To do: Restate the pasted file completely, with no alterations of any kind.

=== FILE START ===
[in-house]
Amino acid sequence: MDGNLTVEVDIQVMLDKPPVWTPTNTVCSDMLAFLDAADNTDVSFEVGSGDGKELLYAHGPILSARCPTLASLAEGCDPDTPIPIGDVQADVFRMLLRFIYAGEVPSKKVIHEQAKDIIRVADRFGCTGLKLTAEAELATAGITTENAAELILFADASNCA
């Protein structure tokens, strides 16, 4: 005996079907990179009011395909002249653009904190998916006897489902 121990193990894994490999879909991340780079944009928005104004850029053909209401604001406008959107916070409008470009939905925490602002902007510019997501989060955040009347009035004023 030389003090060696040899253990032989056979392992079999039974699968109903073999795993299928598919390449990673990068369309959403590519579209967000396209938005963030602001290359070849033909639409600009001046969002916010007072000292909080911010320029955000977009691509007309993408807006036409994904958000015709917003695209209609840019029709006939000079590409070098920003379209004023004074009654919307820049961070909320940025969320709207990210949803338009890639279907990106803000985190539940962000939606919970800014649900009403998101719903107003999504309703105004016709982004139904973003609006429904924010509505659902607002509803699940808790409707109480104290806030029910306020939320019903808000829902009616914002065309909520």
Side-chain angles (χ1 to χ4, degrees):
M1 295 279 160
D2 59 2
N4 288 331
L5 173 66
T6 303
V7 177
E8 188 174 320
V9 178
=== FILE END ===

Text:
[in-house]
Amino acid sequence: MDGNLTVEVDIQVMLDKPPVWTPTNTVCSDMLAFLDAADNTDVSFEVGSGDGKELLYAHGPILSARCPTLASLAEGCDPDTPIPIGDVQADVFRMLLRFIYAGEVPSKKVIHEQAKDIIRVADRFGCTGLKLTAEAELATAGITTENAAELILFADASNCA
């Protein structure tokens, strides 16, 4: 005996079907990179009011395909002249653009904190998916006897489902 121990193990894994490999879909991340780079944009928005104004850029053909209401604001406008959107916070409008470009939905925490602002902007510019997501989060955040009347009035004023 030389003090060696040899253990032989056979392992079999039974699968109903073999795993299928598919390449990673990068369309959403590519579209967000396209938005963030602001290359070849033909639409600009001046969002916010007072000292909080911010320029955000977009691509007309993408807006036409994904958000015709917003695209209609840019029709006939000079590409070098920003379209004023004074009654919307820049961070909320940025969320709207990210949803338009890639279907990106803000985190539940962000939606919970800014649900009403998101719903107003999504309703105004016709982004139904973003609006429904924010509505659902607002509803699940808790409707109480104290806030029910306020939320019903808000829902009616914002065309909520």
Side-chain angles (χ1 to χ4, degrees):
M1 295 279 160
D2 59 2
N4 288 331
L5 173 66
T6 303
V7 177
E8 188 174 320
V9 178